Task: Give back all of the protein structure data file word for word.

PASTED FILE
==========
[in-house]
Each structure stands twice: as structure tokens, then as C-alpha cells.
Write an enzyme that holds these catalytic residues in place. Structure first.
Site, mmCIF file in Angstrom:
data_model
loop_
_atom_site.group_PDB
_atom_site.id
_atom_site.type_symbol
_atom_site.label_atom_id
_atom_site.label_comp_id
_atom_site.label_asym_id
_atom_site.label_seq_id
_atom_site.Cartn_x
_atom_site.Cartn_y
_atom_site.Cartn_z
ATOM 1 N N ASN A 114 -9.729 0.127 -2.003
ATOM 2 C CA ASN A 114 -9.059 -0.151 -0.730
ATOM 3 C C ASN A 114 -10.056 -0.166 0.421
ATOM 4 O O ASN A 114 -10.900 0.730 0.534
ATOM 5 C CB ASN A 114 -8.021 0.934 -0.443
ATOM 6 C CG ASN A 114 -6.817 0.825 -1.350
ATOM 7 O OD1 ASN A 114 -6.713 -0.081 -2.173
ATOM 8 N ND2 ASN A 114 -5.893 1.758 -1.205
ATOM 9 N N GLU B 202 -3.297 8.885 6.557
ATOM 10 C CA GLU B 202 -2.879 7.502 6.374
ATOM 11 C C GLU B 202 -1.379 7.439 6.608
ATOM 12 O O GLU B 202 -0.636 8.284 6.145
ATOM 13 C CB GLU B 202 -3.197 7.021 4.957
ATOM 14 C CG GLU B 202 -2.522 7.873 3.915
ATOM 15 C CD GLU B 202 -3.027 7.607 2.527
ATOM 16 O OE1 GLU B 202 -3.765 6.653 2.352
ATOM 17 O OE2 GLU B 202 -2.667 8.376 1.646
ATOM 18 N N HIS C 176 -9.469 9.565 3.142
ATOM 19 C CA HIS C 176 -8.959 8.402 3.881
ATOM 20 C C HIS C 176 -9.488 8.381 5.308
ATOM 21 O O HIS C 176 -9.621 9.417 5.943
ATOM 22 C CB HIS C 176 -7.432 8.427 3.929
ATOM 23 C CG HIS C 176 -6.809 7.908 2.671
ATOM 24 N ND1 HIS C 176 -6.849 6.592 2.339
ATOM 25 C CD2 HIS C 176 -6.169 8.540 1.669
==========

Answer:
[in-house]
Each structure stands twice: as structure tokens, then as C-alpha cells.
Write an enzyme that holds these catalytic residues in place. Structure first.
Site, mmCIF file in Angstrom:
data_model
loop_
_atom_site.group_PDB
_atom_site.id
_atom_site.type_symbol
_atom_site.label_atom_id
_atom_site.label_comp_id
_atom_site.label_asym_id
_atom_site.label_seq_id
_atom_site.Cartn_x
_atom_site.Cartn_y
_atom_site.Cartn_z
ATOM 1 N N ASN A 114 -9.729 0.127 -2.003
ATOM 2 C CA ASN A 114 -9.059 -0.151 -0.730
ATOM 3 C C ASN A 114 -10.056 -0.166 0.421
ATOM 4 O O ASN A 114 -10.900 0.730 0.534
ATOM 5 C CB ASN A 114 -8.021 0.934 -0.443
ATOM 6 C CG ASN A 114 -6.817 0.825 -1.350
ATOM 7 O OD1 ASN A 114 -6.713 -0.081 -2.173
ATOM 8 N ND2 ASN A 114 -5.893 1.758 -1.205
ATOM 9 N N GLU B 202 -3.297 8.885 6.557
ATOM 10 C CA GLU B 202 -2.879 7.502 6.374
ATOM 11 C C GLU B 202 -1.379 7.439 6.608
ATOM 12 O O GLU B 202 -0.636 8.284 6.145
ATOM 13 C CB GLU B 202 -3.197 7.021 4.957
ATOM 14 C CG GLU B 202 -2.522 7.873 3.915
ATOM 15 C CD GLU B 202 -3.027 7.607 2.527
ATOM 16 O OE1 GLU B 202 -3.765 6.653 2.352
ATOM 17 O OE2 GLU B 202 -2.667 8.376 1.646
ATOM 18 N N HIS C 176 -9.469 9.565 3.142
ATOM 19 C CA HIS C 176 -8.959 8.402 3.881
ATOM 20 C C HIS C 176 -9.488 8.381 5.308
ATOM 21 O O HIS C 176 -9.621 9.417 5.943
ATOM 22 C CB HIS C 176 -7.432 8.427 3.929
ATOM 23 C CG HIS C 176 -6.809 7.908 2.671
ATOM 24 N ND1 HIS C 176 -6.849 6.592 2.339
ATOM 25 C CD2 HIS C 176 -6.169 8.540 1.669